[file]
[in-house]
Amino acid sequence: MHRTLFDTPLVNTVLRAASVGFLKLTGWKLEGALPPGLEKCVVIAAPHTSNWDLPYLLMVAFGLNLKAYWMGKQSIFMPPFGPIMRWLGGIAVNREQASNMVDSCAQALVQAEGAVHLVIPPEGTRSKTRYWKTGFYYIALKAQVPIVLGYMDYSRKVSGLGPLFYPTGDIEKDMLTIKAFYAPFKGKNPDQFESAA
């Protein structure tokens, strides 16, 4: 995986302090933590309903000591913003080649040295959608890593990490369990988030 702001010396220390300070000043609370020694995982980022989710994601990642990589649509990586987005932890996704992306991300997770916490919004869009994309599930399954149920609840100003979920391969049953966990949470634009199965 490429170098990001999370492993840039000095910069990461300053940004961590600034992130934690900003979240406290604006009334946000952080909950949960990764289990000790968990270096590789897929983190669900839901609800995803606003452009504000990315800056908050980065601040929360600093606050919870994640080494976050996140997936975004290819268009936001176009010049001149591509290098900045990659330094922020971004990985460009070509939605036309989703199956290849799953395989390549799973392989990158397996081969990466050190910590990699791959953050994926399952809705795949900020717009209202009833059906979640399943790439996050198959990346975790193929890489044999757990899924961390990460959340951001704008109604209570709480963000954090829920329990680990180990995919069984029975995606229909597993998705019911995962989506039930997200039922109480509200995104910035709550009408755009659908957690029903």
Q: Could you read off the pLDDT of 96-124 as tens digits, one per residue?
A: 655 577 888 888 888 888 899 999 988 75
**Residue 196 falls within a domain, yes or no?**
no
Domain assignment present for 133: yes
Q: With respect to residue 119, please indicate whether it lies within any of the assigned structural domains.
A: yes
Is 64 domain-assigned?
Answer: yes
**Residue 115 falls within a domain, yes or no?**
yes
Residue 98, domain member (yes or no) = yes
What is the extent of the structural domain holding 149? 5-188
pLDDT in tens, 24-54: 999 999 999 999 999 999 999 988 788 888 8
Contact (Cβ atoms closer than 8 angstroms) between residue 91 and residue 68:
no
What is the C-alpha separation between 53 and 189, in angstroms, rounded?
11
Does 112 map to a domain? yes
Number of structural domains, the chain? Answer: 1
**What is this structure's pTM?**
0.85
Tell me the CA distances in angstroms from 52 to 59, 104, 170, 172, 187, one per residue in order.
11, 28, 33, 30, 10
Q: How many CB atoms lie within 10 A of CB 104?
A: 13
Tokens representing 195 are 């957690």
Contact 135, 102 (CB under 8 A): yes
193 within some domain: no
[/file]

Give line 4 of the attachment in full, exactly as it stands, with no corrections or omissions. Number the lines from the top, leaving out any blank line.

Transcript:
Q: Could you read off the pLDDT of 96-124 as tens digits, one per residue?